Wednesday, May 22, 2013

Bring Me The Head Of Sergio Garcia

Golf, the game which pretends to be a sport, is introducing a ban on "belly-putting". Belly-putting is where golfers use their largest natural asset instead of their hands to control the putter, essentially anchoring it against their substantial gut and removing half of the difficulty of nudging a ball into a hole from a few feet away. I realise that any analogy between golf and sport is essentially flawed, but the equivalent might be for soccer players to be required to only use their feet. Shock! Horror!

The Royal and Ancient and the US Golf Association (i.e. the Brits and the Septics respectively) have, a mere 40 years after these cheat-sticks started to be used, come up with a 40-page report (that's an easy calculation!) justifying their decision to implement the ban, which comes into effect in only 3 years' time.

Golf club makers (although the specialised clubs are not themselves being banned, they would become redundant under the new rule, so no self-interest there, of course) had already made their opposing views known, claiming that it would reduce the attractiveness of golf, by ... err ... introducing some sort of skill or requiring people to be in some sort of physical shape other than round, either of which would be too much of a hurdle for the average lard-arse. Call me controversial but I believe that's where watching golf on TV, or its close cousin, sleeping on the sofa, fit in.

In other golf news, Sergio Garcia has stirred up outrage amongst the PC brigade by suggesting that an American might like fast food. At some sort of golf awards dinner (largest belly, most horrific trousers?), Garcia - whose dislike of the hooker-chasing Tiger Woods is well-known - was asked if he would invite Woods for dinner in the US next month: hardly a serious question. Garcia replied that he would do so every night and would offer fried chicken. Apparently, this is racist. FFS! Fried chicken is an American staple, exported around the world to the delight of gourmands everywhere. Surely offering someone their national dish is the height of hospitality? If someone said they would offer me curry and chips, I would be delighted.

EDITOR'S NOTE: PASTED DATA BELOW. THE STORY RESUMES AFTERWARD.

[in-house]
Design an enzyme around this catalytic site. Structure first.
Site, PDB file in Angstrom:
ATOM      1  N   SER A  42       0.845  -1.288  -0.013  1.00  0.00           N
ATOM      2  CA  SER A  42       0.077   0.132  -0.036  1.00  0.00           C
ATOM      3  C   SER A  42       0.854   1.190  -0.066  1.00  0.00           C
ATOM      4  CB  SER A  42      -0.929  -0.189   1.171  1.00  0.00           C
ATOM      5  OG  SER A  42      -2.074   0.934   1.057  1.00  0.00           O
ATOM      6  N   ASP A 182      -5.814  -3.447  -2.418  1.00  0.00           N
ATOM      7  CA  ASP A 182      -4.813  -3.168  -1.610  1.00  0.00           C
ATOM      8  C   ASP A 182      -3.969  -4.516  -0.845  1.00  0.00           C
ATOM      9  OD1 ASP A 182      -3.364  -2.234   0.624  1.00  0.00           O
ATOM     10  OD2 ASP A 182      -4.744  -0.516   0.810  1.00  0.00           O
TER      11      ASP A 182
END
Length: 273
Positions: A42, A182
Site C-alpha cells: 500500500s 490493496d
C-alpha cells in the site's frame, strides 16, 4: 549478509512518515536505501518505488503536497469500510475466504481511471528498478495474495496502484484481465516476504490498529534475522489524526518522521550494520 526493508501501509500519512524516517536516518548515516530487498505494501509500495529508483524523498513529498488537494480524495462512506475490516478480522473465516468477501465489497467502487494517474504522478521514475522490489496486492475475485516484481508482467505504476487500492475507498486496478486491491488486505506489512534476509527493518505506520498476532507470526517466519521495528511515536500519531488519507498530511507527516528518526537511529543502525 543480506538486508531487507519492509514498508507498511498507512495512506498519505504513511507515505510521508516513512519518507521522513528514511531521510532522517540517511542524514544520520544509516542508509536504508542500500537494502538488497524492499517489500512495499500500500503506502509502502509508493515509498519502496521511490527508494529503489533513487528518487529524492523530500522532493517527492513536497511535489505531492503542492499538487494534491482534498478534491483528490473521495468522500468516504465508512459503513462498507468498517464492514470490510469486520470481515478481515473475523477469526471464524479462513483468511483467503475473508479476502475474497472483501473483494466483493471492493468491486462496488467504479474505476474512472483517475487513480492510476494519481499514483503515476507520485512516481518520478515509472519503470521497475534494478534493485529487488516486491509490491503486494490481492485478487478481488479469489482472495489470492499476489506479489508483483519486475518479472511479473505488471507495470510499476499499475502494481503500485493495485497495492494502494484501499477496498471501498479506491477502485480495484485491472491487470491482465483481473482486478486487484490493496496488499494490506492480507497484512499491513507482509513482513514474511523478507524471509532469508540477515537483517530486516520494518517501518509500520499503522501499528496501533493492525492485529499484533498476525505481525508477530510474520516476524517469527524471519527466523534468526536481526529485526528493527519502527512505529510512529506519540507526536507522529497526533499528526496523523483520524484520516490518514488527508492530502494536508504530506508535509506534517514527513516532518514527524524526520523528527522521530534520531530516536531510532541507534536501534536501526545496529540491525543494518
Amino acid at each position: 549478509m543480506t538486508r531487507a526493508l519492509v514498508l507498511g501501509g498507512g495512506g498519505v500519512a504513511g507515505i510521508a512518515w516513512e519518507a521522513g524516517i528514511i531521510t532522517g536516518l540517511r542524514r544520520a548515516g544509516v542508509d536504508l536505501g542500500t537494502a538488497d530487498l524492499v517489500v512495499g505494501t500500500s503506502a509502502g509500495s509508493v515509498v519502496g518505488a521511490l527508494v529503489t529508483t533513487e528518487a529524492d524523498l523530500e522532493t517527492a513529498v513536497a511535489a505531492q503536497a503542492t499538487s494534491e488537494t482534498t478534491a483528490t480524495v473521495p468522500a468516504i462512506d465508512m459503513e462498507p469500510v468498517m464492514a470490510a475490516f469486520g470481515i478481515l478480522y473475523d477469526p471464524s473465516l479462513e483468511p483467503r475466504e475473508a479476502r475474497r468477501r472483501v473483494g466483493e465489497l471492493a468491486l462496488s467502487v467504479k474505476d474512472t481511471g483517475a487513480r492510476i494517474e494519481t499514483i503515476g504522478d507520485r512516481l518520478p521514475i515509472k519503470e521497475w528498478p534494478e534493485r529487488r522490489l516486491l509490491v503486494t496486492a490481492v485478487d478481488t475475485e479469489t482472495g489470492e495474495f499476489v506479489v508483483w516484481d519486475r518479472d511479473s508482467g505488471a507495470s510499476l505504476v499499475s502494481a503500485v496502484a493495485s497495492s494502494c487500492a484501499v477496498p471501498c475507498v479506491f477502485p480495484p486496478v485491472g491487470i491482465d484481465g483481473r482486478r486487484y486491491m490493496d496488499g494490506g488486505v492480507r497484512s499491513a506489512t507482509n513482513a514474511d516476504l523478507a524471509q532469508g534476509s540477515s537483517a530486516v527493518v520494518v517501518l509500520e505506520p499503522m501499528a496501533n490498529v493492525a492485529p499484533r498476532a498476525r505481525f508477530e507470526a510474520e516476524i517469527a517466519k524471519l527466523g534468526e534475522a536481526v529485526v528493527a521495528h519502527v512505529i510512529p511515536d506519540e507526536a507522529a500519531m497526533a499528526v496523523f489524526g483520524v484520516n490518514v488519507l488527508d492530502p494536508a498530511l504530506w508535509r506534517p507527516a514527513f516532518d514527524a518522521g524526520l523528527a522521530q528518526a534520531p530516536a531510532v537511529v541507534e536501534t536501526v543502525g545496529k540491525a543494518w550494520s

Compare and contrast with the following recently sent by the French and British Chambers in an invitation for a joint networking event:

Or is that racist too?


  1. Fried chicken is strongly associated *inside* the United States with African Americans, and referring to them eating it is typically considered a negative racial stereotype. I know nothing about Garcia and personally dislike Woods, and it's certainly possible it was an unfortunate coincidence that he chose the term -- but it's equally possible it was intended as a racially-motivated slur.

    Anybody who's spent any time in America is aware of the stereotype, and short of adding collard greens -- another stereotypically "black" foodstuff -- to the mix or using an outright racial epithet, you can't be much more obviously racist than to suggest a black person eat fried chicken.

  2. Understood, Mr. Mous, and thank you for your comment. However, instead of wallowing in self-righteousness, self-pity even, I think people should rise above seeing or even looking for insults. By defining foodstuffs as "black" and then ringfencing any comments about those foods as racist, one is both perpetuating and encouraging the stereotype and hence creating a racist slur for use by true racists. I seem to remember the French rose above comments about "cheese monkeys" from the Americans during one of their (the Americans') Middle Eastern jaunts.

    When I first went to the US, the equivalent perceived slur used watermelons. At the same time, every other American asked me if it was still foggy in London. Perhaps I should have taken that as racist.